Suitable multi-ethylenically-unsaturated crosslinking monomers useful in the present invention include, but are not limited to, di-, tri-, tetra-, or higher multi-functional ethylenically unsaturated monomers such as ethyleneglycol diacrylate, trimethylolpropane triacrylate (TMPTA), allyl methacrylate (ALMA), ethyleneglycol dimethacrylate (EGDMA), DEGDMA, propyleneglycol dimethacrylate, propyleneglycol diacrylate, TMPTMA, 2,2-dimethylpropane-1,3-diacrylate, 1,3-butylene glycol diacrylate, 1,3-butylene glycol dimethacrylate, 1,4-butanediol diacrylate, diethylene glycol diacrylate, diethylene glycol dimethacrylate, 1,6-hexanediol diacrylate, 1,6-hexanediol dimethacrylate, tripropylene glycol diacrylate, triethylene glycol dimethacrylate, tetraethylene glycol diacrylate, polyethylene glycol 200 diacrylate, tetraethylene glycol dimethacrylate, polyethylene glycol dimethacrylate, ethoxylated bisphenol A diacrylate, ethoxylated bisphenol A dimethacrylate, polyethylene glycol 600 dimethacrylate, poly(butanediol) diacrylate, pentaerythritol triacrylate, trimethylolpropane triethoxy triacrylate, glyceryl propoxy triacrylate, pentaerythritol tetraacrylate (PETTA), pentaerythritol tetramethacrylate (PETMA), and mixtures thereof. Other crosslinkers useful in the present invention may include DVB, vinyl urethanes, diallyl ethers, diallyl esters, vinyl polyesters, trivinylbenzene, divinyltoluene, divinylpyridine, divinylnaphthalene and divinylxylene, diethyleneglycol divinyl ether, bisacrylamide, triallyl cyanurate and trivinylcyclohexane.
For use in high-temperature resistant applications with silicon-containing resins, crosslinkers include, but are not limited to, silyl group-containing monomers such as divinyl silane, trivinyl silane, dimethyl divinyl silane, divinyl methyl silane, methyl trivinyl silane, diphenyl divinyl silane, divinyl phenyl silane, trivinyl phenyl silane, divinyl methyl phenyl silane, tetravinyl silane, siloxane-containing monomers such as dimethyl vinyl disiloxane, poly(methyl vinyl siloxane), poly(vinyl hydro siloxane), poly (phenyl vinyl siloxane) and mixtures thereof.
Preferred Crosslinkers include, but are not limited to, DVB, TMPTA, TMPTMA, EGDMA, ALMA, bisacrylamide, and DEGDMA.
Polymerizable monomers useful in the practice of the present invention include, but are not limited to, alkyl (meth)acrylates, alicyclic (meth)acrylates, (meth)acrylamides, vinyl acetates, alkenyl (meth)acrylates, aryl (meth)acrylates, alkylaryl (meth)acrylates, fluro alkyl (meth)acrylates, -vinyl aromatic monomers, vinyl acetate, (meth)acrylic acid, and substituted ethylene monomers.
Preferred alkyl (meth)acrylates useful in making the PNPs of the present invention include, for example, substituted and unsubstituted methyl methacrylate (“MMA”), methyl acrylate, ethyl acrylate, propyl methacrylate, butyl methacrylate (“BMA”), butyl acrylate (“BA”), IBMA, IBOMA, IA, GMA, SMA, hexyl methacrylate, cyclohexyl methacrylate, cyclohexyl acrylate, 2-ethylhexyl acrylate (“EHA”), 2-ethylhexyl methacrylate, octyl methacrylate, decyl methacrylate, isodecyl methacrylate, undecyl methacrylate, dodecyl methacrylate, tridecyl methacrylate, tetradecyl methacrylate, pentadecyl methacrylate, hexadecyl methacrylate, heptadecyl methacrylate, octadecyl methacrylate, nonadecyl methacrylate, cosyl methacrylate, eicosyl methacrylate and mixtures thereof.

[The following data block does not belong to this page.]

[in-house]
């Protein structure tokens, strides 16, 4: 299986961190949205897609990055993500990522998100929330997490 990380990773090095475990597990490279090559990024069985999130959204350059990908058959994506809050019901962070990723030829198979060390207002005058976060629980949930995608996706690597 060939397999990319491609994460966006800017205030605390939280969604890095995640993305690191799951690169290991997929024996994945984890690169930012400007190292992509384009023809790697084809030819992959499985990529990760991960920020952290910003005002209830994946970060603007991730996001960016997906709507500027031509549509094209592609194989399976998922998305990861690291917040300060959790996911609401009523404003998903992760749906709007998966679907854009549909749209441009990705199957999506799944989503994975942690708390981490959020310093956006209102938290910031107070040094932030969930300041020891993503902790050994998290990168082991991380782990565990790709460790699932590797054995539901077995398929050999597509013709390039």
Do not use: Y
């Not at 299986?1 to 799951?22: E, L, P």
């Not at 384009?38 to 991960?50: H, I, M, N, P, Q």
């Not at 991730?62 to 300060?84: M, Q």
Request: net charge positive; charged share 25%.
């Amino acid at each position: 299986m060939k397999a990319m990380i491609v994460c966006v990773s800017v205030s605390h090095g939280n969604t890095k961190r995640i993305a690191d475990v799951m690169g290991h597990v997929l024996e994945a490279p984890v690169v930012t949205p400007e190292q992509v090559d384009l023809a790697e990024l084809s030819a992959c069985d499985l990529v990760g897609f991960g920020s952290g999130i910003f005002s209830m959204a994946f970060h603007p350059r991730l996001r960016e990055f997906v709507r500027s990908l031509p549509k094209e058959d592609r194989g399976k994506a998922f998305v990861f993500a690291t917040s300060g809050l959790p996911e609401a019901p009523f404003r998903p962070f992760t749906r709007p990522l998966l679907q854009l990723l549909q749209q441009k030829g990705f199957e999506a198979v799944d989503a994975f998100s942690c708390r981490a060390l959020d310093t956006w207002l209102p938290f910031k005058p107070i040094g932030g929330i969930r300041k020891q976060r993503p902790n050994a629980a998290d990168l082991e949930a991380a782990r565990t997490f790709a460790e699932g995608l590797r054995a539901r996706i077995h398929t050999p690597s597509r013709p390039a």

Useful substituted alkyl (meth)acrylate monomers for making PNPs containing acid functional monomers may include those with one or more hydroxyl groups in the alkyl radical, such as hydroxyalkyl (meth)acrylate monomers having a substituted alkyl group selected from the group consisting of (C2-C6)alkyl, branched and unbranched alkyl groups. Likewise, where hydroxyl group containing monomers or monomers containing acetoacetoxy groups are used to make PNPs, acid functional monomers can be added to react with those groups. Examples of these monomers are hydroxyalkyl (meth)acrylate 2-hydroxyethyl methacrylate (“HEMA”), 2-hydroxyethyl acrylate (“HEA”), 2-hydroxypropyl methacrylate and acetoacetoxy methacrylate.
Other substituted (meth)acrylate monomers useful in the present invention may include silicon-containing monomers such as γ-propyl tri(C1-C6) alkoxysilyl (meth)acrylate, γ-propyl tri(C1-C6) alkylsilyl (meth)acrylate, γ-propyl di(C1-C6) alkoxy (C1-C6)alkylsilyl (meth)acrylate, γ-propyl di(C1-C6)alkyl(C1-C6)alkoxysilyl (meth)acrylate, vinyl tri(C1-C6)alkoxysilyl (meth)acrylate, vinyl di(C1-C6)alkoxy(C1-C6)alkylsilyl (meth)acrylate, vinyl (C1-C6) alkoxydi (C1-C6)alkylsilyl (meth)acrylate, vinyl tri(C1-C6)alkylsilyl (meth)acrylate, and mixtures thereof.
Vinylaromatic monomers useful as polymerizable monomers in the practice of the present invention include styrene (“STY”), α-methylstyrene, vinyltoluene, p-methylstyrene, ethylvinylbenzene, vinylnaphthalene, vinylxylenes, chlorostyrene, bromostyrene, fluorostyrene, and mixtures thereof.
Other polymerizable monomers useful in the practice of the present invention include cyclopent(adi)ene, allylic monomers, vinyl acetate, vinyl formamide, vinyl chloride, vinyl fluoride, vinyl bromide, vinylidene chloride, vinylidene fluoride and vinylidene bromide. However, it is preferable to use those monomers which can be polymerized using initiators commonly used to polymerize (meth)acrylate monomers, e.g. dibenzoyl peroxide.
Preferred Polymerizable Monomers include, but are not limited to, BA, BMA, IBOMA, MMA, MA, MAA, AA, IA, Styrene, SMA, LMA, GMA, and HEMA.
Initiators useful in the free radical polymerization of the present invention include, for example, one or more of: peroxyesters, dialkylperoxides, alkylhydroperoxides, persulfates, azoinitiators, redox initiators and the like. Useful free radical initiators include, but are not limited to: benzoyl peroxide, t-butyl peroctoate, t-amyl peroxypivalate, cumene hydroperoxide, and azo compounds such as azoisobutyronitrile and 2,2′-azobis (2-methylbutanenitrile). Preferably, the free radical initiator is t-amyl Peroxypivalate. The amount of the free radical initiator used is typically from 0.05 to 10% by weight, based on the weight of total monomer.